The number of connected devices is predicted to grow to 75 billion by 2025. This will create a massively connected ecosystem, and data security will be paramount.
Many of these devices will be cyber-physical systems, which closely integrate computation, networking and physical processes. The devices consist of a physical entity and its cyber twin, which can replicate the behavior of the physical machine and give insights into how the machine will react when prompted by various actions. Connect these devices to the internet, for data transfer, and the result is the internet of things. Smart grids, autonomous vehicles and medical devices are examples of cyber-physical systems.
In cyber-physical systems, digital and physical components interact with each other in a variety of ways that change with context. For example, an offshore drilling facility transmits sensor values from devices to check that machinery is functioning; the alerts from the devices will vary depending on whether it is a normal scenario or an emergency. Similarly, a connected medical device will send an alert based upon the patient’s condition.
In all contexts, it is imperative to maintain security and privacy of the data. This is particularly true in a data-sensitive field like healthcare, where there is growing concern about cybersecurity in connected medical devices.
A secure framework for cyber-physical systems
We have created a secure framework for connecting cyber-physical systems by leveraging distributed ledger technology (DLT). DLT is a digital system for recording asset transactions in multiple places at the same time, making fraud and manipulation difficult.
Our framework addresses:
- Two-way tamper-proof device communication
- Financial transactions between devices (e.g., machine-to-machine micropayments using crypto currencies)
- Message transfer and data storage between devices with minimal or no transaction fees and mining (network) fees
The framework integrates edge computing components, which are industry-specific (such as medical devices), and has DLT at its core for data transfer and communication.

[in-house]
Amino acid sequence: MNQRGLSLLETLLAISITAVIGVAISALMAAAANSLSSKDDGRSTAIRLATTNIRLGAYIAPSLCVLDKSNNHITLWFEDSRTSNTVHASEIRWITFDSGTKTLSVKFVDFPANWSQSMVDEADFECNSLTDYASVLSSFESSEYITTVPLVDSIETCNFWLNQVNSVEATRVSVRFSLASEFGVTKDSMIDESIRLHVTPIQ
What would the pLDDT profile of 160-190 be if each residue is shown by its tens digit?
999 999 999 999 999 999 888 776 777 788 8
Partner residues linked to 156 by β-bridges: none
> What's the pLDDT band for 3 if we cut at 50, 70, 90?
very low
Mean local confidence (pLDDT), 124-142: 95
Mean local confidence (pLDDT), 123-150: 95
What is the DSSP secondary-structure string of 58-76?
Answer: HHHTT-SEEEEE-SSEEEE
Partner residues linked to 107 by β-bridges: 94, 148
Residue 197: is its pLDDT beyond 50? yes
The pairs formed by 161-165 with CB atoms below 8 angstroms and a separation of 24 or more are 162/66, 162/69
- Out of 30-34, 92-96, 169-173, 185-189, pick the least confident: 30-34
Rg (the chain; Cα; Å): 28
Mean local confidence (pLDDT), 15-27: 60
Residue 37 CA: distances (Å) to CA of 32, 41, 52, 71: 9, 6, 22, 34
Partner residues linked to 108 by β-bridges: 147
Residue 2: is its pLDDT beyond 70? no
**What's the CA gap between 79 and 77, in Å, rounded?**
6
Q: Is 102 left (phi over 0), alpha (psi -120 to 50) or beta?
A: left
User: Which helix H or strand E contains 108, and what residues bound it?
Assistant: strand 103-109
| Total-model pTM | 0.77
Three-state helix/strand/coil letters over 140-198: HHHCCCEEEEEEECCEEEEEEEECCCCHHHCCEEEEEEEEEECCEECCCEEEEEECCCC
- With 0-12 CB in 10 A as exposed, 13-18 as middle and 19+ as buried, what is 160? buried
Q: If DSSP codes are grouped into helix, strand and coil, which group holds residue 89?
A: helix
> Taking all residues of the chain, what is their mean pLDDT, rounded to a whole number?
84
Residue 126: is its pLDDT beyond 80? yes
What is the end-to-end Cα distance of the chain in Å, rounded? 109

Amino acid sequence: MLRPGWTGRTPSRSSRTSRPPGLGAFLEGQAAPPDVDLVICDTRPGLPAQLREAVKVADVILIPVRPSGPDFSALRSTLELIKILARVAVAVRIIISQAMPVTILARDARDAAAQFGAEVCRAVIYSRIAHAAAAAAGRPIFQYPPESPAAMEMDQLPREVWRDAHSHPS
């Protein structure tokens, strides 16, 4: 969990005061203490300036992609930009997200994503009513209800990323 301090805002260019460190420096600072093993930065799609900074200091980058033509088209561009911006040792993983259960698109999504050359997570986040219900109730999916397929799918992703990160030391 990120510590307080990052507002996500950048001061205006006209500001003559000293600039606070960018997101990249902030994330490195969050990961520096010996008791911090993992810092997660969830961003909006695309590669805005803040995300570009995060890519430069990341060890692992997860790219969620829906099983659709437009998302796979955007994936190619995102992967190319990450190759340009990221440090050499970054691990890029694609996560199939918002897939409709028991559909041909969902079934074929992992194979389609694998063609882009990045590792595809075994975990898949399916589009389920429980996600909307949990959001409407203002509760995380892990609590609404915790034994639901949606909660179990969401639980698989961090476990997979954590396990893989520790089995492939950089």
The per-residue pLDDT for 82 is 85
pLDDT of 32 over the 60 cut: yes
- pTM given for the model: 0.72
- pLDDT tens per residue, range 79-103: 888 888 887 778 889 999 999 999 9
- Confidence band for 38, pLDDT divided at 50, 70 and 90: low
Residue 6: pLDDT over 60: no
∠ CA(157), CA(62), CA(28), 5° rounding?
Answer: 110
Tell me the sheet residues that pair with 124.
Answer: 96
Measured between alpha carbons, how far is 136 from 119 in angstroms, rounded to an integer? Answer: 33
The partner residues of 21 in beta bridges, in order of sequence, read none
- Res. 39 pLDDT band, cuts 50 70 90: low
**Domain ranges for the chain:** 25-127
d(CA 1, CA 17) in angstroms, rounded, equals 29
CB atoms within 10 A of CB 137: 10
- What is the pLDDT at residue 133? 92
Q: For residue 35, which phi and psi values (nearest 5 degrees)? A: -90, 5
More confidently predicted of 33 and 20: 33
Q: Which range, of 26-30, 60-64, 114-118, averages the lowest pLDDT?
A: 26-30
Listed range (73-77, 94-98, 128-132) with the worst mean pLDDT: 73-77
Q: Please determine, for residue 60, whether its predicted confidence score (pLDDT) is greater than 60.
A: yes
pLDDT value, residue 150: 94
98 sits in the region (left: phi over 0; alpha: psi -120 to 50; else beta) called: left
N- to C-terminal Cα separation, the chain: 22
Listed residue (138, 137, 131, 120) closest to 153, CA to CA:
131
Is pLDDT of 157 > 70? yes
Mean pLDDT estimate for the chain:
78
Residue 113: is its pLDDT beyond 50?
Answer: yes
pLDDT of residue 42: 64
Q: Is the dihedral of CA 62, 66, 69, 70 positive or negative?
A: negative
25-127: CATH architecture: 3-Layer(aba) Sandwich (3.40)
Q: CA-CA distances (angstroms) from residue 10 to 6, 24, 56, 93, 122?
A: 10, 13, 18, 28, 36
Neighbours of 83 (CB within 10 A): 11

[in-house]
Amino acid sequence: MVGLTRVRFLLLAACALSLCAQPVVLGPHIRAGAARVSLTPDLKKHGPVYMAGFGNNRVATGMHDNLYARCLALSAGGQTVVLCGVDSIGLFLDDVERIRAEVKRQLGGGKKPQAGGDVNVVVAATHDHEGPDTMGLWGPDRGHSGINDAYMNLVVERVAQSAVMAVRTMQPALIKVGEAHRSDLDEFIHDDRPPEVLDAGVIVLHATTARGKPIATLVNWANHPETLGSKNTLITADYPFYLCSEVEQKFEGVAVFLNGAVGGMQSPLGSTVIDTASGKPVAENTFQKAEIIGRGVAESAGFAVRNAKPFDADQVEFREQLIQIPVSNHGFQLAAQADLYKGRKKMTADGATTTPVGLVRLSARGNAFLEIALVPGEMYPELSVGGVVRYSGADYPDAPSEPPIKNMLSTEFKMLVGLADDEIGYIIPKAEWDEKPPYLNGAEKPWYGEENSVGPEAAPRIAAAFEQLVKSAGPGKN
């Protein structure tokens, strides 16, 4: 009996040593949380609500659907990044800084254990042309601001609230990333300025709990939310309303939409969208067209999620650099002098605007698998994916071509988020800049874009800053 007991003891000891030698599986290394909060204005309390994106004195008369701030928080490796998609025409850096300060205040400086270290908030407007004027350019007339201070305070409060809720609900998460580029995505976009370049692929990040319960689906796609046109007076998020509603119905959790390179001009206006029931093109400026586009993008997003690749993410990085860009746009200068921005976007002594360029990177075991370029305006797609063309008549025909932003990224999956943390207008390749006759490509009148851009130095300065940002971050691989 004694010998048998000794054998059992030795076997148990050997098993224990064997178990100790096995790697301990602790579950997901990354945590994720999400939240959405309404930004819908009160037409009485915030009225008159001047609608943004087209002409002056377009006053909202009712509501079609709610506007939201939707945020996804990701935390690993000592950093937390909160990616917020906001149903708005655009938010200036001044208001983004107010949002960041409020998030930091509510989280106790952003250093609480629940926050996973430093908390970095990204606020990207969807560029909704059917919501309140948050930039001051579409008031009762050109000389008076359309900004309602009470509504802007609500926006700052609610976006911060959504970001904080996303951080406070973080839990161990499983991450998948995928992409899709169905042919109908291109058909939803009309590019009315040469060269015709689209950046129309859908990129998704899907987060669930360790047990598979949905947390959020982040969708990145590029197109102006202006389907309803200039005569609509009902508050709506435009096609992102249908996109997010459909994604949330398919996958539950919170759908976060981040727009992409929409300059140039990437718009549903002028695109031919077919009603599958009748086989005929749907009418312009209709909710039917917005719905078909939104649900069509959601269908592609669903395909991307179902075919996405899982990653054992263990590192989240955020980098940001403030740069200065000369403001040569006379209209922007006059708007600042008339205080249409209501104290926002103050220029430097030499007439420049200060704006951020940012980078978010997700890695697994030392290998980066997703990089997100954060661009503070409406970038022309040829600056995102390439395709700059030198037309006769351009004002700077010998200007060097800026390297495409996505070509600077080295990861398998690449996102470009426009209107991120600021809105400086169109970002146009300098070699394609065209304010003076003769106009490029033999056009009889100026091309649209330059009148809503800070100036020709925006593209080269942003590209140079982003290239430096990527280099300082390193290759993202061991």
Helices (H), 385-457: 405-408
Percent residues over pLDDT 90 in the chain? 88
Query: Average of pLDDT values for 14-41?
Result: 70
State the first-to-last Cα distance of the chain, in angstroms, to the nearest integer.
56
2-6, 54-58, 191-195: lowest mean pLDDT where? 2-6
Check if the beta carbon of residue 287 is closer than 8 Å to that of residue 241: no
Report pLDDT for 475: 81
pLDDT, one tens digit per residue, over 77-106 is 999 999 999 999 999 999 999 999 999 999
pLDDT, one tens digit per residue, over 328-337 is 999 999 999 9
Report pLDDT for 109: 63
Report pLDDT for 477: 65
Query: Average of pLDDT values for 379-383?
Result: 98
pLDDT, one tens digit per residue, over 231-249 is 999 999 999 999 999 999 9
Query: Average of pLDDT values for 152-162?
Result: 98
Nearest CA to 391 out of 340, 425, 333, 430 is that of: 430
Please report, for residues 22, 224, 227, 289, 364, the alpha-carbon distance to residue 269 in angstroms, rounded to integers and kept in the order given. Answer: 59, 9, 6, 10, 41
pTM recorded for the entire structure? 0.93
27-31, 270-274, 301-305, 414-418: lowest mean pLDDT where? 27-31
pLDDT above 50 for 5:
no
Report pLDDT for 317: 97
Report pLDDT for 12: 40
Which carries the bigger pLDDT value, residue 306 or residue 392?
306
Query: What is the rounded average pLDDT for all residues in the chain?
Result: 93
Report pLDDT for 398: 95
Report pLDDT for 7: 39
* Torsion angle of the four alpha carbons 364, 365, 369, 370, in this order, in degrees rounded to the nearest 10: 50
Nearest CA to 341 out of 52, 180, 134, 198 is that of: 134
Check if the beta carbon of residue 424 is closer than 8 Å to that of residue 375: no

Inside the framework
We developed the framework’s components using directed acyclic graphs (DAG) — specifically IOTA — as the underlying DLT technology. DAG architecture is well suited for scalability and does not carry mining fees.
IOTA uses an invention called “The Tangle” at its core. The Tangle is a new data structure, based on DAG, that takes care of data privacy needs by providing restricted and private storage and retrieval options.
We describe each component with an industry example but the components can be extended to other industries:
- Financial transactions – This component stores all transactions and automates micropayments between machines without any manual intervention. This component can be directly applied to the automobile industry for vehicle charging, toll payments, parking place payments and more. Details are available in this earlier post.
- Tamper-proof data transfer / two-way remote communication – The underlying DLT technology of this component ensures data security and privacy in transmission, storage and usage. One direct application is remote patient monitoring in healthcare. This can be extended to any industry that needs remote device monitoring or secure data communication (e.g., offshore drilling and its machines).
- Track and trace of a device’s location with indoor positioning – This component helps track and trace sensitive assets, when knowing the status of a device or machine is paramount. For example, use this component to optimize x-ray machine use in a trusted hospital network and reduce patient wait times.
- Secure over-the-air firmware updates – This component addresses the exponentially growing need to push secure firmware updates to connected devices, with tamper-proof audit trails made possible by DLT. It is applicable to all connected devices in almost every industry including automotive, healthcare, technology and energy, and utilities.
The components are designed to work online, offline and in mesh networking mode (when Wi-Fi or cellular networks are not available). For example, if connectivity is lost due to an emergency or an outage, these systems can still transmit messages in up to a 65-mile radius. This is critical because it means your medical device stays connected if Wi-Fi or cellular goes down.